Thank you, Mr Chair. As we look ahead to the OSCE Ministerial Council in Lodz next week, Russia’s unprovoked and illegal invasion of Ukraine – supported by the Belarusian regime – will rightly be a central focus. The Russian Government’s repressive actions externally in Ukraine and internally within Russia have struck at the heart of the OSCE’s core principles; principles we have all committed to for our collective security, and for a more peaceful, just and stable future. Through its actions, the Kremlin has demonstrated that it prefers war over peace; death over life; chaos over stability; and isolation over cooperation.
Just yesterday, missile strikes on Ukraine plummeted Ukrainian cities into darkness and caused massive blackouts in Moldova. As other colleagues have mentioned, a new-born baby was killed in a missile strike on a maternity unit in the southern Zaporizhzhia region. This baby is but one life amongst thousands of lives lost, because of the decisions of one man, President Putin. At the UN Security Council Session last night, we reiterated the message – Russia’s systematic attacks on Ukrainian civilians and civilian infrastructure are unacceptable and must end.
And what has Russia achieved in return? The past nine months have been testament to the grave miscalculation Putin made when he chose to invade a sovereign neighbour. Not only has Russia achieved none of the strategic objectives of his invasion, Putin has underestimated the unwavering bravery and resilience of the Ukrainian people, and the resolve of the international community at every turn.
Nowhere is this clearer than in Kyiv, Kharkiv and Kherson. When Putin sent his forces into Ukraine, he thought Kyiv would fall in a matter of days. Whilst his military was being driven back by Ukrainian forces, he declared Kherson part of Russia ‘forever’. Ukraine has shattered Putin’s delusional belief that he could seize Ukrainian sovereign land, and be welcomed by those he sought to subjugate.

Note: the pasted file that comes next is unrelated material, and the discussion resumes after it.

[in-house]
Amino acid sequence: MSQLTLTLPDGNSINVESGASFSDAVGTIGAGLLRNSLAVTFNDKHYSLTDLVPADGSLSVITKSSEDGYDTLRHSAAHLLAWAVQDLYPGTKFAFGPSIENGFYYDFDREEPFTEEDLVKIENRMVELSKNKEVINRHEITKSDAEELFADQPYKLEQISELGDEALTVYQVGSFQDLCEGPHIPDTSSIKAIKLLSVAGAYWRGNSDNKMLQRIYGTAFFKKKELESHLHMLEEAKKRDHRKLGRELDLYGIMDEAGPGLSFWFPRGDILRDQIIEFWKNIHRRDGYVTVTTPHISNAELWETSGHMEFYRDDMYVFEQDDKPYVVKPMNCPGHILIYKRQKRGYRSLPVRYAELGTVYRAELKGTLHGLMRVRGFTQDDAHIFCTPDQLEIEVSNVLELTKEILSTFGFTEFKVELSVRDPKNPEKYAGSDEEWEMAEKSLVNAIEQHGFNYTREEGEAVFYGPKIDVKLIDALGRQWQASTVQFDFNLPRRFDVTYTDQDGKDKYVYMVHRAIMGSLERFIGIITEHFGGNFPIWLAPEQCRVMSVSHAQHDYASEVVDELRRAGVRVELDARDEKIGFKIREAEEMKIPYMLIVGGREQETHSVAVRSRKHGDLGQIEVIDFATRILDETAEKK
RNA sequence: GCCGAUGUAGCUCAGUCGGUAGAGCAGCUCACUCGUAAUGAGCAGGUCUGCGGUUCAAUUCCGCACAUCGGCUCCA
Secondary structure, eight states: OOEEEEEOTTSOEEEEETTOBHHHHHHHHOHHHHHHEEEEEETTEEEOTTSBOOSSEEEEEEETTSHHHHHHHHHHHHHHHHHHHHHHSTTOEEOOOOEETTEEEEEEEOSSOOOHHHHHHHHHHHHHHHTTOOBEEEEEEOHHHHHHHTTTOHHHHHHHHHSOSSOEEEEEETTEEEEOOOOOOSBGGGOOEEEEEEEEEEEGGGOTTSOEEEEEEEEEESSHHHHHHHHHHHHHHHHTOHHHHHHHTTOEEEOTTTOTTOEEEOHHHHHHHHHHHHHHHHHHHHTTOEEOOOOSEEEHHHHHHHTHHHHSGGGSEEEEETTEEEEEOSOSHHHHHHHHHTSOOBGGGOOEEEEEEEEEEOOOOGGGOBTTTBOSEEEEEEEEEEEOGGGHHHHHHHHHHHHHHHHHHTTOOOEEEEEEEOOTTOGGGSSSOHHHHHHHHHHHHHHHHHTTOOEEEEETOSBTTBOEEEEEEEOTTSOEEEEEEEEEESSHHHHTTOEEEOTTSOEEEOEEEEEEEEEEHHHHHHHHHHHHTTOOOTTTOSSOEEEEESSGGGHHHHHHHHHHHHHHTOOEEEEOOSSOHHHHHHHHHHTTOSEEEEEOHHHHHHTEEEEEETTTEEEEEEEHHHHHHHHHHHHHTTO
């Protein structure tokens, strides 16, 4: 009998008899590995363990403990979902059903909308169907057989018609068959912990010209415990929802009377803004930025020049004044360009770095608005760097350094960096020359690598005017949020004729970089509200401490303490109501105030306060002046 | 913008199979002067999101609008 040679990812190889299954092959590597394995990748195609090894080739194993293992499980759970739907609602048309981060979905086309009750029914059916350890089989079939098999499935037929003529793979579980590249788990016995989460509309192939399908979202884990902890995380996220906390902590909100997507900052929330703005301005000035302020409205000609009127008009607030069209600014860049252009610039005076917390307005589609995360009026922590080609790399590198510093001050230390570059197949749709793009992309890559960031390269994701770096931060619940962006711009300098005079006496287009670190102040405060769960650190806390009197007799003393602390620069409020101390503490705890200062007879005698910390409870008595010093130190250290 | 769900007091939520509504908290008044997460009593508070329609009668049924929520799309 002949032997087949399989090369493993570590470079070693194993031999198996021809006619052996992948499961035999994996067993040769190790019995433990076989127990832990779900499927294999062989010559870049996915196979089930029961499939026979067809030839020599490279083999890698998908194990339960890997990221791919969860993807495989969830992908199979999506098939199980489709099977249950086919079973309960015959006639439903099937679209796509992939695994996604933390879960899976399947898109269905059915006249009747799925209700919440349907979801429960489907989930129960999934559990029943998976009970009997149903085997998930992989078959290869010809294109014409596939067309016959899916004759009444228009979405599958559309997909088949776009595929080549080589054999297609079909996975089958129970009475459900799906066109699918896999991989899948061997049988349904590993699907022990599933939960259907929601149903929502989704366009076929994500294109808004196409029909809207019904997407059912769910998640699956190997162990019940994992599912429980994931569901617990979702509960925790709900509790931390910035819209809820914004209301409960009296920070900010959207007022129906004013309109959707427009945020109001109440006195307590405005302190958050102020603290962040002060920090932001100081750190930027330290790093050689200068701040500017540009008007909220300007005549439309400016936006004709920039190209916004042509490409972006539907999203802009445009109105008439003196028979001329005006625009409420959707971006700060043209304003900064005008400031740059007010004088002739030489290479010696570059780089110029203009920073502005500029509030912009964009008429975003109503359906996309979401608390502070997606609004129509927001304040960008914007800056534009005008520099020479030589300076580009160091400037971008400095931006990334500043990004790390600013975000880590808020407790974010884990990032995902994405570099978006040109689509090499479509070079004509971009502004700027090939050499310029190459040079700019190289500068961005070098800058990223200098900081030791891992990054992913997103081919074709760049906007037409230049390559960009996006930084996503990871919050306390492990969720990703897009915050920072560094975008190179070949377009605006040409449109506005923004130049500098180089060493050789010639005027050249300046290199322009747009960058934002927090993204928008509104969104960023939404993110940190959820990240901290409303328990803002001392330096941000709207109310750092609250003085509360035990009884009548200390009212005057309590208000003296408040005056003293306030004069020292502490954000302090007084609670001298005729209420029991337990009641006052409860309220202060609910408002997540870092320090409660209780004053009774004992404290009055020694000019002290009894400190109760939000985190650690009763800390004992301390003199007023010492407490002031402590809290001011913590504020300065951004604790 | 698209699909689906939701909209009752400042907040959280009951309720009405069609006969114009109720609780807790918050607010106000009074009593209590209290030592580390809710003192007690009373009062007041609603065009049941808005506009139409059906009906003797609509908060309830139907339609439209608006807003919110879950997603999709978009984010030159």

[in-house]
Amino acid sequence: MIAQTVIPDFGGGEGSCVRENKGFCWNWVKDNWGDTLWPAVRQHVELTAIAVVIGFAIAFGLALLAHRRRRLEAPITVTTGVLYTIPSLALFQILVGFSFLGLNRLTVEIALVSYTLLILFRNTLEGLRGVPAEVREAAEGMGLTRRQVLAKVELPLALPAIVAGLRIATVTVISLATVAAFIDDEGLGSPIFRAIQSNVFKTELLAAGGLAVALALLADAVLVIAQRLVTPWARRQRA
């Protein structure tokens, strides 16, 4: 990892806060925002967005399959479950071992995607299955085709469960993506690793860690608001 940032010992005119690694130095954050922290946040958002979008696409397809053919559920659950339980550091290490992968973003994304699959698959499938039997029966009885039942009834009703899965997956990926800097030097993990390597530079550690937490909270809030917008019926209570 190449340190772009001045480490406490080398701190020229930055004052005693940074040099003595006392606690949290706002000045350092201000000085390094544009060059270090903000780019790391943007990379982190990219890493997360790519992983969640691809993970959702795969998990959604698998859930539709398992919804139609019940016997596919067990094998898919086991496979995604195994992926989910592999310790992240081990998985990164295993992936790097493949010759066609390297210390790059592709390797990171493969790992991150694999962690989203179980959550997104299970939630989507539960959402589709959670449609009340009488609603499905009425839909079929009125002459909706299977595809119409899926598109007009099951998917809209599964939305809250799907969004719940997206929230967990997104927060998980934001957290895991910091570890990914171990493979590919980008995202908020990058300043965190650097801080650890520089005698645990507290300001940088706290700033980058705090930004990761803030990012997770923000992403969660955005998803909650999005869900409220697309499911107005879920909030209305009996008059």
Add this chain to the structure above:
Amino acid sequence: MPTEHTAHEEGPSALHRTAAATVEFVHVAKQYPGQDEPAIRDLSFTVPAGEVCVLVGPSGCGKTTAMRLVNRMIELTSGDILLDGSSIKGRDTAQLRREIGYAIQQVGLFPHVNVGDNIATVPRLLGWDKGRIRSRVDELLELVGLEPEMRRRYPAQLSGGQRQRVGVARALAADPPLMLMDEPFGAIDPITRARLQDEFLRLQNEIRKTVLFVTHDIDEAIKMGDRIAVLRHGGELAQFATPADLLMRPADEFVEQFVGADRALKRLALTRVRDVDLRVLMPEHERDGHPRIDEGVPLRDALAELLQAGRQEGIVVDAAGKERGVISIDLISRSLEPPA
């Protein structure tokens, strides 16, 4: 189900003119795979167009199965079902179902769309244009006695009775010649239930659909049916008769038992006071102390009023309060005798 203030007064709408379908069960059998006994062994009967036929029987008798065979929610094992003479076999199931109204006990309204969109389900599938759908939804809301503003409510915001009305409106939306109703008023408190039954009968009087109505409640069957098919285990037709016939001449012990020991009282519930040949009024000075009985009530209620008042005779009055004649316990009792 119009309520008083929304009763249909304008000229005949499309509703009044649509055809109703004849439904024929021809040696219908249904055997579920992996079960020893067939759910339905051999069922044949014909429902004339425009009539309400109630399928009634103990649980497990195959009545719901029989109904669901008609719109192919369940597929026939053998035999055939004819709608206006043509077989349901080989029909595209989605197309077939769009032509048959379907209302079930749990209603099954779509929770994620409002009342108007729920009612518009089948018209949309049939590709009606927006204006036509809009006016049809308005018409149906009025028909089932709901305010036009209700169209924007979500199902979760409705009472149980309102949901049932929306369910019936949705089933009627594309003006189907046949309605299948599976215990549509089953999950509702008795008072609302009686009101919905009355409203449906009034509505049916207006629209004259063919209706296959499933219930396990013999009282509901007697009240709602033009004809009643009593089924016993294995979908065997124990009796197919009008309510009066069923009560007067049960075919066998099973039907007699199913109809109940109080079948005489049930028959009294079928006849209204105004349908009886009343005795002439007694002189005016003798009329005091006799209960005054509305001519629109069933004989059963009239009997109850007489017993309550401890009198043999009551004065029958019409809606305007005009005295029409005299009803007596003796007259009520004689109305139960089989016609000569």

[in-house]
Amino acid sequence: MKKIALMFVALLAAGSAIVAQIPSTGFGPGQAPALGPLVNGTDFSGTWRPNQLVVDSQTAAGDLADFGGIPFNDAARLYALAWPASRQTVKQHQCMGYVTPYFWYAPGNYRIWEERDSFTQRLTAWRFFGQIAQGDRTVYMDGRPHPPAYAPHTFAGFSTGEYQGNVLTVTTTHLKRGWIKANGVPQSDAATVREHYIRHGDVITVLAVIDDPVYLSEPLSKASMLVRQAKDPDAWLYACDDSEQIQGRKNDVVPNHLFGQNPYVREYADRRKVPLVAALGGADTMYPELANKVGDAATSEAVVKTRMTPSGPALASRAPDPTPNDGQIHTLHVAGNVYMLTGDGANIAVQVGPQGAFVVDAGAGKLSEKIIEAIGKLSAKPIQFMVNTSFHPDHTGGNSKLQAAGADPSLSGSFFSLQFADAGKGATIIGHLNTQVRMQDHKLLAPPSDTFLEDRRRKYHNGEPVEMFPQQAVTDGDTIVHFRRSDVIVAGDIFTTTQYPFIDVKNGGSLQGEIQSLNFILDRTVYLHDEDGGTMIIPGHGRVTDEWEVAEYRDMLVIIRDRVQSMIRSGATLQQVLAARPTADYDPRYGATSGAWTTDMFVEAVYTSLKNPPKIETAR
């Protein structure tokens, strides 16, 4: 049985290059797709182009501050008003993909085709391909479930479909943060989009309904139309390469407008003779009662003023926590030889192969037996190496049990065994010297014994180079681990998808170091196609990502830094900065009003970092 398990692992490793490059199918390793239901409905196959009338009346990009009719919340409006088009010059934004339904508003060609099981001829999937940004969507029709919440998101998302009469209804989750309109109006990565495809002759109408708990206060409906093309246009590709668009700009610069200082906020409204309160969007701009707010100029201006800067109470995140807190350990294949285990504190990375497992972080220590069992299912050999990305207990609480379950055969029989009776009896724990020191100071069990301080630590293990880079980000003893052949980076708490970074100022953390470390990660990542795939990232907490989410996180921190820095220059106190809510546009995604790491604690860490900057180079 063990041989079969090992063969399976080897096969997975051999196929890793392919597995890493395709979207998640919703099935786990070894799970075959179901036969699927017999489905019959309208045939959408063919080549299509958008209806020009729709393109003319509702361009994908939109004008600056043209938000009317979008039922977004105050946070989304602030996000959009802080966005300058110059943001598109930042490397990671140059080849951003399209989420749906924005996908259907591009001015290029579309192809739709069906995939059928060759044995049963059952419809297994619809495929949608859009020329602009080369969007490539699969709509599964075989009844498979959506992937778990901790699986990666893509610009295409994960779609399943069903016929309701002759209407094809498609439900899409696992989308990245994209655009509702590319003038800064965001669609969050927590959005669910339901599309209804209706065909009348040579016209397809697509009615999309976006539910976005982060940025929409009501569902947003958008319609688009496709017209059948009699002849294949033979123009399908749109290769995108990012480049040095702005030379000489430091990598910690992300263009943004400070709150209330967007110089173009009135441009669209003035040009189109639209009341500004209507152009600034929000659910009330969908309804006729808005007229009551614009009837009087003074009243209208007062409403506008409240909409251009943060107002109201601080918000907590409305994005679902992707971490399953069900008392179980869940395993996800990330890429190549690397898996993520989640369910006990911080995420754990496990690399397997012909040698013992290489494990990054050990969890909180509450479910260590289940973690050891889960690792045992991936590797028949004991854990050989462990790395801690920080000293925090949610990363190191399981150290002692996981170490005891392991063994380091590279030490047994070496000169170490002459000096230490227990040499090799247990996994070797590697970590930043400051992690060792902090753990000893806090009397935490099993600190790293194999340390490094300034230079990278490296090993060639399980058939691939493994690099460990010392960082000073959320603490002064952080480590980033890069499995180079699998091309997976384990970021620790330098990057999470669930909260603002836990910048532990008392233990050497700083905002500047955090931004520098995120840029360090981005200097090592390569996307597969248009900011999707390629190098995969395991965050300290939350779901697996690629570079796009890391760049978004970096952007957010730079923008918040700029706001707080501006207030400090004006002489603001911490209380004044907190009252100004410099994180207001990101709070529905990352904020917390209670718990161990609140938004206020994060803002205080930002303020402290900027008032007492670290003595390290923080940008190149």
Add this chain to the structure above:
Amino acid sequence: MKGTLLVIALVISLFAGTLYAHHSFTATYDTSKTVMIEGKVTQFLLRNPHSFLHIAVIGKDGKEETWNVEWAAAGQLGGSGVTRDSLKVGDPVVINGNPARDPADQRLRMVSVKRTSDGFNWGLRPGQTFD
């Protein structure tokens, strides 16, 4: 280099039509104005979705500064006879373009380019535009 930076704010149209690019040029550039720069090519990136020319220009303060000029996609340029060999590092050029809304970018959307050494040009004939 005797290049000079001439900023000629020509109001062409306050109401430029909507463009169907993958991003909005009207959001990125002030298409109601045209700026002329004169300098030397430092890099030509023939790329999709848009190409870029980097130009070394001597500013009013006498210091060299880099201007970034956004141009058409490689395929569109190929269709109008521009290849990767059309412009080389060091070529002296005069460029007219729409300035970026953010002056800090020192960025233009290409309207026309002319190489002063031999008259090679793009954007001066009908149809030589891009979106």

Mr Chair, President Putin would have the world believe Russia is liberating Ukraine. However, the real legacy of his illegal war – what his war of choice has actually achieved – will be nothing but death and destruction:
- So far there are more than 16,700 civilian casualties, including over 6,500 killed;
- 17.7 million in need of humanitarian assistance;
- over 7.8 million refugees;
- 6.5 million internally displaced people; and
- We have just heard from our Ukrainian colleague about the millions who have been left without electricity, water or heating as temperatures have begun to drop below zero.
The Kremlin can continue to try to distract and deny responsibility for the atrocities committed by its military forces, however no lie, no disinformation, no false truths can erase the memories of the countless Ukrainians subjected to atrocities and war crimes. Putin cannot defend robbing Ukraine’s 5.7 million school-age children of a safe and stable education.
And the repercussions of Russia’s war are not only being felt in Ukraine, but worldwide. Global food markets have been severely disrupted, hitting the poorest the hardest, accompanied by an eightfold increase in global energy prices caused by Russia turning off their gas taps. Almost every corner of the world has been impacted by Putin’s war in some way; the economic aftershocks will be felt for years to come.
Russia’s illegal invasion of Ukraine has unleashed a Pandora’s Box of suffering, pain, death and devastation on Ukraine and the wider world – but Russia can bring it to an end. Russia needs to cease hostilities, withdraw from within Ukraine’s internationally recognised borders, and adhere to its international obligations and commitments – without conditions.
Mr Chair, the UK is proud to have stood with Ukraine from the very beginning of this barbaric war. We will continue to do so. We are humbled by the strength and determination shown by Ukraine in defence of the principles of sovereignty and territorial integrity. Next week, as we gather in Poland, we call on participating States to champion the OSCE commitments that underpin our collective security; to defend and uphold international law; and to hold those responsible for atrocities to account. We cannot and will not allow Russia’s behaviour to go unimpeded.